You shouldn’t be forced to give up comfort or drain your wallet to keep your home at the right temperature during hot days.

But what is the best temperature, exactly? We review suggestions from energy experts so you can choose the best temp for your home.

Here’s what we advise for the most energy-efficient setting for air conditioning in Booneville.

Recommended Thermostat Settings for Summer

Most people find using the thermostat at 72-73 degrees is most comfortable. However, if there’s a major difference between your indoor and exterior warmth, your utility costs will be greater.

These are our suggestions based on the U.S. Department of Energy (DOE) and ENERGY STAR®.

While at home: 78 degrees. While that appears too high, there are methods you can keep your home pleasant without having the air conditioning going frequently.

Keeping windows and window treatments closed during the day keeps chilled air where it needs to be—indoors. Some window solutions, like honeycomb shades or plantation shutters, are made to give extra insulation and improved energy efficiency.

If you have ceiling fans in your home, the DOE says you can increase thermostat temperatures about 4 degrees warmer without sacrificing comfort. That’s because they refresh with a windchill effect. Since they cool people, not areas, shut them off when you exit a room.

If 78 degrees still feels too uncomfortable initially, try doing an experiment for about a week. Start by upping your temperature to 78 degrees while you’re at your house. Then, steadily turn it down while using the tips above. You might be amazed at how cool you feel at a hotter temperature setting.

While away: 88 degrees. There’s no rationale for keeping the air conditioning working all day while your house is vacant. Switching the temp 7–10 degrees higher can save you anywhere from 5–15% on your electricity expenses, according to the DOE.

When you get home, don’t be tempted to put your thermostat colder than 78 to cool your residence more quickly. This isn’t effective and usually produces a bigger air conditioner bill.

A programmable thermostat is a useful approach to keep your temp controlled, but it requires setting programs. If you don’t use programs, you risk forgetting to increase the set temperature when you take off.

If you need a convenient fix, consider installing a smart thermostat. This thermostat connects with your phone, so it knows when you’re at your house and when you’re away. Then it intuitively adjusts temperature settings for the best savings. How much exactly? An estimated $180 annually on heating and cooling, according to ENERGY STAR.

Another benefit of using a smart thermostat? You can use your phone to monitor and adjust temperature settings from nearly anywhere.

While sleeping: Around 70 degrees. While ENERGY STAR suggests 82 degrees, that may be too uncomfortable for most families. Most people sleep better when their sleeping space is chilly, so that’s why the National Sleep Foundation recommends 60–67 degrees. But that might be too cool, based on your clothing and blanket preference.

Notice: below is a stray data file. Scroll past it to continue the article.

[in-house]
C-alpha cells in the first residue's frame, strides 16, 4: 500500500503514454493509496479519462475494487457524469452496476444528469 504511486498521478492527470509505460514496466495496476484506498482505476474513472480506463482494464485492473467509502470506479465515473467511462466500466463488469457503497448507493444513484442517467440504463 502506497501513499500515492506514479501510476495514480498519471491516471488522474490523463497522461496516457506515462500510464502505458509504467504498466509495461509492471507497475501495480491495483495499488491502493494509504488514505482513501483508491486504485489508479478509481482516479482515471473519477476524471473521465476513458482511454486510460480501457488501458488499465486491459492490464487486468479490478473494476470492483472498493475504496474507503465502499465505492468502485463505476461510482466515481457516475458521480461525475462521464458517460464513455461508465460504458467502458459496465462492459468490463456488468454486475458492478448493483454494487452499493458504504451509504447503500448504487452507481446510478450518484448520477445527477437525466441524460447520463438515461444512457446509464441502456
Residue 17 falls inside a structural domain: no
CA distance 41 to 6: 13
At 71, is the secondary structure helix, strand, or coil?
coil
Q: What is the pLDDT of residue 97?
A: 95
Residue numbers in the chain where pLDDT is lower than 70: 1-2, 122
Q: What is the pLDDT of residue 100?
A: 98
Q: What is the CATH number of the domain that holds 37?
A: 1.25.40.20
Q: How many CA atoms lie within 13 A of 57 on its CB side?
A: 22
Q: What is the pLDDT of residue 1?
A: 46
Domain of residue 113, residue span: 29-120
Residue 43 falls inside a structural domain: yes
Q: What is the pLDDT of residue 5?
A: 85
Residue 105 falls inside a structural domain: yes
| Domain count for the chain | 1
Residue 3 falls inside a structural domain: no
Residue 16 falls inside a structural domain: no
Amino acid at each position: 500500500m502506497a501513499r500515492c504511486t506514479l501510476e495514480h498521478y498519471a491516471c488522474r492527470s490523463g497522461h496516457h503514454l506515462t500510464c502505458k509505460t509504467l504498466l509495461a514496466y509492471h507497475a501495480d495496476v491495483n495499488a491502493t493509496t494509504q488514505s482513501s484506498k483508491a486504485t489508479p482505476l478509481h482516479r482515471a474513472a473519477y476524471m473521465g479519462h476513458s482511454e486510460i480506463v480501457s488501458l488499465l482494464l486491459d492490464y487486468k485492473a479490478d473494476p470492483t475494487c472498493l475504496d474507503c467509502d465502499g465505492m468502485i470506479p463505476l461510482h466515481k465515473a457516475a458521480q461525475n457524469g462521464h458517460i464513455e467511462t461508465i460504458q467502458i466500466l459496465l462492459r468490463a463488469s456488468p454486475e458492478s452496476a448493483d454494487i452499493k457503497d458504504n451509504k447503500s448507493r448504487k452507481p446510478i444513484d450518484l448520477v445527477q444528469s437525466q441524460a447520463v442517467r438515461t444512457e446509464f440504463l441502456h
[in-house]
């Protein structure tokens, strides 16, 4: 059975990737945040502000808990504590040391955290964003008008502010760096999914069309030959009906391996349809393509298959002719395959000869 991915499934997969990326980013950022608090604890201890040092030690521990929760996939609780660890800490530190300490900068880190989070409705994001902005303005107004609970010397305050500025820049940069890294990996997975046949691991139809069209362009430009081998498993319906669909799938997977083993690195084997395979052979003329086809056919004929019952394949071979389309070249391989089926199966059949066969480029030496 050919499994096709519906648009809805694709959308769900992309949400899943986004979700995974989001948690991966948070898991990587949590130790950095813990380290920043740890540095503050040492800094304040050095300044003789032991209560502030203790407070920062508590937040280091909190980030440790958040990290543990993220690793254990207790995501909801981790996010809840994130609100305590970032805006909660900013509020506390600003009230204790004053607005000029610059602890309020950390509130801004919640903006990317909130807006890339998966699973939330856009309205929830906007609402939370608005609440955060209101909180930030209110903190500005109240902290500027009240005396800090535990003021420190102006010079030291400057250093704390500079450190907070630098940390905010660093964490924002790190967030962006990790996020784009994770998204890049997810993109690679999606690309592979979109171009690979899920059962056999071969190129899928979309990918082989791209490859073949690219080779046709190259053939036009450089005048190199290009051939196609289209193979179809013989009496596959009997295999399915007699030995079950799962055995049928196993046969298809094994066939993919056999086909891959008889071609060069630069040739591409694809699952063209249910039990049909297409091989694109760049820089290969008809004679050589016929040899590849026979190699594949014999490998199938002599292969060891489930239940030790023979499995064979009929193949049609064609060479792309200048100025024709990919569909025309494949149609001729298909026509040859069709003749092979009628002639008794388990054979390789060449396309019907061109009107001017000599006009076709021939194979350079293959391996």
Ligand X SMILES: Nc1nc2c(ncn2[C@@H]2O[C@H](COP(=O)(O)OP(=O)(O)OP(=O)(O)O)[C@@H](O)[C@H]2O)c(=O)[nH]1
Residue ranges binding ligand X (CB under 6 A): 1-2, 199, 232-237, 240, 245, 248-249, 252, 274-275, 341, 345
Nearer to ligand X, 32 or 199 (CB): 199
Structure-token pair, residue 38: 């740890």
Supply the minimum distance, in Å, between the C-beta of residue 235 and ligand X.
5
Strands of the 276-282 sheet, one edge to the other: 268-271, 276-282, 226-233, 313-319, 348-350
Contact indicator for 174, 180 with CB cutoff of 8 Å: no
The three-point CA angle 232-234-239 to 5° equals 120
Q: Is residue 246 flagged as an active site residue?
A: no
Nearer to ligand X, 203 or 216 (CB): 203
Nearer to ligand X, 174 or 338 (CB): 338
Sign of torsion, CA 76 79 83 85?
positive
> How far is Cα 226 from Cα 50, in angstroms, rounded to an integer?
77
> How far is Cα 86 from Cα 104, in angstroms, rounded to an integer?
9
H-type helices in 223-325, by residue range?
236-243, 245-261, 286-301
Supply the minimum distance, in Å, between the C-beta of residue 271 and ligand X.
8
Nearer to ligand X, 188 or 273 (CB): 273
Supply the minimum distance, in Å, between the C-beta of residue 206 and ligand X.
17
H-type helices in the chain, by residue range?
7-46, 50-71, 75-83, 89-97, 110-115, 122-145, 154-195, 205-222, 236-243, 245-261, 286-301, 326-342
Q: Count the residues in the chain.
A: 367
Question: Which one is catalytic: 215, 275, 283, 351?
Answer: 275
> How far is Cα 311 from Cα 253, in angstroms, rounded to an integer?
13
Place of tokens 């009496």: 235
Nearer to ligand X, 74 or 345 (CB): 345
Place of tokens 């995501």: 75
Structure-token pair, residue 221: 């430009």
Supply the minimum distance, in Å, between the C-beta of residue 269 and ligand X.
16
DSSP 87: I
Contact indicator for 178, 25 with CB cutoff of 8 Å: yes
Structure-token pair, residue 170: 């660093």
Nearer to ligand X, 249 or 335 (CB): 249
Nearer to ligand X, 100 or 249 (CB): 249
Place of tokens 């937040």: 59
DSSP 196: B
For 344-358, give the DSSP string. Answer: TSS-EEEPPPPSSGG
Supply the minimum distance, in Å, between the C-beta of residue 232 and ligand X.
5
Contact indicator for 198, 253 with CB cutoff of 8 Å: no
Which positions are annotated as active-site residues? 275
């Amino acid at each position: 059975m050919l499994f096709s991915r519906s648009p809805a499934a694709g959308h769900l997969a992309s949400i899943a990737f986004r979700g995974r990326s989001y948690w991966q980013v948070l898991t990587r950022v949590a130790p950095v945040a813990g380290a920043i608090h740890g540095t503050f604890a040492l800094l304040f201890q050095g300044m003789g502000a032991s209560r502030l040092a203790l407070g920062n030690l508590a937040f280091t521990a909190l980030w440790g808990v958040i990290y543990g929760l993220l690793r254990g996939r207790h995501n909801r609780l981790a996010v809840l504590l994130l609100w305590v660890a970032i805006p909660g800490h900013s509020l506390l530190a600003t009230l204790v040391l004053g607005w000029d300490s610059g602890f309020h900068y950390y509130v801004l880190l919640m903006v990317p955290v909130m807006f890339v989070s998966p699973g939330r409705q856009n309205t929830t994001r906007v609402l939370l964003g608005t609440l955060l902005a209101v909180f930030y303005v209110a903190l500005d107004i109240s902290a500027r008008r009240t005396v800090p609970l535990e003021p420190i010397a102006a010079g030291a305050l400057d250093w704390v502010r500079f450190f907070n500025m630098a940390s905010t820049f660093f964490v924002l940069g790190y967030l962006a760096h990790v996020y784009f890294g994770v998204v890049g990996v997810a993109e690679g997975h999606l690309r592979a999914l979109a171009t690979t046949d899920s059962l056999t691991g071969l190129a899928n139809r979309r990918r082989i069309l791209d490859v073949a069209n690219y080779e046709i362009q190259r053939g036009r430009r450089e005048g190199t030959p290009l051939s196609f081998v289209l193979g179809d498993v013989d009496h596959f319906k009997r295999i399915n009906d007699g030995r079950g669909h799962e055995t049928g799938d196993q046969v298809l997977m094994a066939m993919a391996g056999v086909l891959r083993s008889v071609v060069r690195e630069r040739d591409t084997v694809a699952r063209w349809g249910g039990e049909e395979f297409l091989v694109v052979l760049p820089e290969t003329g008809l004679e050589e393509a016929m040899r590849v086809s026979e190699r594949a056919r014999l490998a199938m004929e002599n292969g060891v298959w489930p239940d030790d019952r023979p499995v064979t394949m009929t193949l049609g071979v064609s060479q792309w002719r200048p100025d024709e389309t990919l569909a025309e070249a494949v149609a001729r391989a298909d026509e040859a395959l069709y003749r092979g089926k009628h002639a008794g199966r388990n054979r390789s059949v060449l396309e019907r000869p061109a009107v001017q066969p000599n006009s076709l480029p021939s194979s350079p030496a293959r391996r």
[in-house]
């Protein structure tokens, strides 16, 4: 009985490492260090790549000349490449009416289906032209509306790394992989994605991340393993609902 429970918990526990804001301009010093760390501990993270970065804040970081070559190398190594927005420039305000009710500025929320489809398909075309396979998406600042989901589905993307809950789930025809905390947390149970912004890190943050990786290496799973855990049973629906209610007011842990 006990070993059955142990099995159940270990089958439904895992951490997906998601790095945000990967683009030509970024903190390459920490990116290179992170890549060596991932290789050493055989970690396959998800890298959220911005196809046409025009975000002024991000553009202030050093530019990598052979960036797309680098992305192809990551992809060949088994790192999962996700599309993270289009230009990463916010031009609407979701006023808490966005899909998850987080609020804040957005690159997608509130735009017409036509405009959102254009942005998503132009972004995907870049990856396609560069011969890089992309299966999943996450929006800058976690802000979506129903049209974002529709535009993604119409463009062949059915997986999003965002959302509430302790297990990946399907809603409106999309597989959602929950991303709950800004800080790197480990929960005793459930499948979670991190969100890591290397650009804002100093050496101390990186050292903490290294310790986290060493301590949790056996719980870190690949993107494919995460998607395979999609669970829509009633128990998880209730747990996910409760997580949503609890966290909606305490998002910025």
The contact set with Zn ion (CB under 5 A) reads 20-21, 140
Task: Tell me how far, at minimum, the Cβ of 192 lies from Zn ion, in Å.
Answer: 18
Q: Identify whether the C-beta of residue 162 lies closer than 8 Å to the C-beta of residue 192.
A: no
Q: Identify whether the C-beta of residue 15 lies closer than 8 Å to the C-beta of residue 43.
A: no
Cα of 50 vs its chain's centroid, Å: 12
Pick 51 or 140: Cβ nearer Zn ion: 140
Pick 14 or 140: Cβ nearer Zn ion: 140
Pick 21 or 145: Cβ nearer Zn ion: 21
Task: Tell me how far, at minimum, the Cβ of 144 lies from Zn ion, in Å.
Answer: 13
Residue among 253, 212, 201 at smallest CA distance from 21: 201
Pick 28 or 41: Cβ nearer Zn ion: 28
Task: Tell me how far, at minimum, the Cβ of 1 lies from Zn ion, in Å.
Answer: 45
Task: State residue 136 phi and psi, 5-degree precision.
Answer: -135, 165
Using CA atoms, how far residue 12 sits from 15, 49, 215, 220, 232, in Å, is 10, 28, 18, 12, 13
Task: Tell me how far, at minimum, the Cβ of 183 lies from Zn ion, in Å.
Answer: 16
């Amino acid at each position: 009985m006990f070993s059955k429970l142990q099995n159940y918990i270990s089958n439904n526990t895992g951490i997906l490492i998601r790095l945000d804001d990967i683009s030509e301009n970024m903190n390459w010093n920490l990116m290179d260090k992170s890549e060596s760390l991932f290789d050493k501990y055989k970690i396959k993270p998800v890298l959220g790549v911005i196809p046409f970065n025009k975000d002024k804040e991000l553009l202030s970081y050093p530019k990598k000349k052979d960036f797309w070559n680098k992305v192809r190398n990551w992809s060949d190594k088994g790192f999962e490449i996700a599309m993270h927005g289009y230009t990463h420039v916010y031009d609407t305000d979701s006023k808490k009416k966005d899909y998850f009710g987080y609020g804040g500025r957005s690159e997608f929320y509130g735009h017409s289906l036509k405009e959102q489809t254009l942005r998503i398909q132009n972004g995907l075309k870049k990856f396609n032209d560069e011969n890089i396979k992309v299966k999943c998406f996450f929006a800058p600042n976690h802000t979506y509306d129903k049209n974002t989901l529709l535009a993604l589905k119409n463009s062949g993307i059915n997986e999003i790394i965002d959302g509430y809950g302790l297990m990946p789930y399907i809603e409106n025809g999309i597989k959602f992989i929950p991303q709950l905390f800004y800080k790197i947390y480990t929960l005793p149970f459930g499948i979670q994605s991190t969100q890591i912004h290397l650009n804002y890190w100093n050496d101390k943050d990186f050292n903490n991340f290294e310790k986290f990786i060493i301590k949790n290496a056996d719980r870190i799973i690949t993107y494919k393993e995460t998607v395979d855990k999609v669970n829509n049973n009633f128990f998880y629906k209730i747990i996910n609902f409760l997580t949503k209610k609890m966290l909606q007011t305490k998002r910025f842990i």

We recommend following a similar test over a week, setting your thermostat higher and progressively lowering it to select the best setting for your family. On mild nights, you may learn keeping windows open at night and using a ceiling fan is a better idea than running the air conditioning.

More Ways to Save Energy During Warm Weather

There are additional methods you can spend less money on air conditioning bills throughout the summer.

  1. Install an energy-efficient AC system. Central air conditioners only work for about 12–15 years and lose efficiency as they get older. An upgraded air conditioner can keep your residence more comfortable while keeping cooling costs low.
  2. Schedule annual air conditioner service. Routine air conditioner maintenance keeps your system working smoothly and could help it run at better efficiency. It can also help prolong its life cycle, since it allows pros to pinpoint little problems before they lead to a major meltdown.
  3. Switch air filters often. Use manufacturer instructions for switching your air filter. A dusty filter can result in your system short cycling, or switch on and off too much, and drive up your cooling.
  4. Inspect attic insulation levels. Just about 90% of homes in the U.S. don’t have adequate insulation, according to the Insulation Institute. Many southern climates should have 13–14” of attic insulation, while northern climates require 16–18”.
  5. Have your ductwork inspected. Ductwork that has loosened over time can let conditioned air into your attic, walls or crawl space. This can result in major comfort troubles in your house, including hot and cold spots.
  6. Seal openings, doors and windows. Keep hot air where it belongs by closing openings. You can also caulk or weather strip doors to trap more cold air indoors.

Use Less Energy During Warm Weather with Booneville Heating & Cooling

If you need to conserve more energy this summer, our Booneville Heating & Cooling specialists can assist you. Reach us at 662-269-8716 or contact us online for more details about our energy-saving cooling options.